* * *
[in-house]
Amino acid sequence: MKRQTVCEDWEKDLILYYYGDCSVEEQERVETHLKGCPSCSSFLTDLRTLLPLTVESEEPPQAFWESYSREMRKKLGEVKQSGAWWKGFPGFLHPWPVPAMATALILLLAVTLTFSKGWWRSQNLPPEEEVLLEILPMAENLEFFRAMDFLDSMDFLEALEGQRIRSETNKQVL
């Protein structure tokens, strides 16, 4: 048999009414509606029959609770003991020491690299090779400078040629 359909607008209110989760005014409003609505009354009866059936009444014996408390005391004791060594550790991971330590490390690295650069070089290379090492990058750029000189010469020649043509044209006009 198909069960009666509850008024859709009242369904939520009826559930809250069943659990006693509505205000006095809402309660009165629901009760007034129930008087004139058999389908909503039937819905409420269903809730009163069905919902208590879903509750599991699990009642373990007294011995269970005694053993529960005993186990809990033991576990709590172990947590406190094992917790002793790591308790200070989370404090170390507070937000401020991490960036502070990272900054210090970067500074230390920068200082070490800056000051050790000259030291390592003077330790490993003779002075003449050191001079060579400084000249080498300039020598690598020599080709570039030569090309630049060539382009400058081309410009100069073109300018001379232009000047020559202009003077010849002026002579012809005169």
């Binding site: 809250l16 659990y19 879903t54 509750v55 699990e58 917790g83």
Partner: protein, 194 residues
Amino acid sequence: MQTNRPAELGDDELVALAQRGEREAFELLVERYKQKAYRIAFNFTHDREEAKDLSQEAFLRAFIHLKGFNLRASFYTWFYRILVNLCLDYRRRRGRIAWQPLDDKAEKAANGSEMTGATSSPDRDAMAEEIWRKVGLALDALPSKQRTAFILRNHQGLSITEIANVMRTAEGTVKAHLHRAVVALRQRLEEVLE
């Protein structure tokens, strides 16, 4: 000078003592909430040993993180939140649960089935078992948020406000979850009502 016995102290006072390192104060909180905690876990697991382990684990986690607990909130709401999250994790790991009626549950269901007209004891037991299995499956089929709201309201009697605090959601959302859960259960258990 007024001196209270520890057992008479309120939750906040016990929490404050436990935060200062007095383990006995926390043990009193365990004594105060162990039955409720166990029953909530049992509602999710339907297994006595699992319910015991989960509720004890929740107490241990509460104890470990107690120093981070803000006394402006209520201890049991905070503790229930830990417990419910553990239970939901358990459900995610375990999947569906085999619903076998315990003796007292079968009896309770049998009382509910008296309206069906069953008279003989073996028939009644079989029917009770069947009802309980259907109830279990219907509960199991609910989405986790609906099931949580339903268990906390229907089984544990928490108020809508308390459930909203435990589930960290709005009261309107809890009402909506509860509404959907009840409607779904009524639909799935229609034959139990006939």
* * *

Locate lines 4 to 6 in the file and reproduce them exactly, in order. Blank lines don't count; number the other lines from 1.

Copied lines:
């Binding site: 809250l16 659990y19 879903t54 509750v55 699990e58 917790g83």
Partner: protein, 194 residues
Amino acid sequence: MQTNRPAELGDDELVALAQRGEREAFELLVERYKQKAYRIAFNFTHDREEAKDLSQEAFLRAFIHLKGFNLRASFYTWFYRILVNLCLDYRRRRGRIAWQPLDDKAEKAANGSEMTGATSSPDRDAMAEEIWRKVGLALDALPSKQRTAFILRNHQGLSITEIANVMRTAEGTVKAHLHRAVVALRQRLEEVLE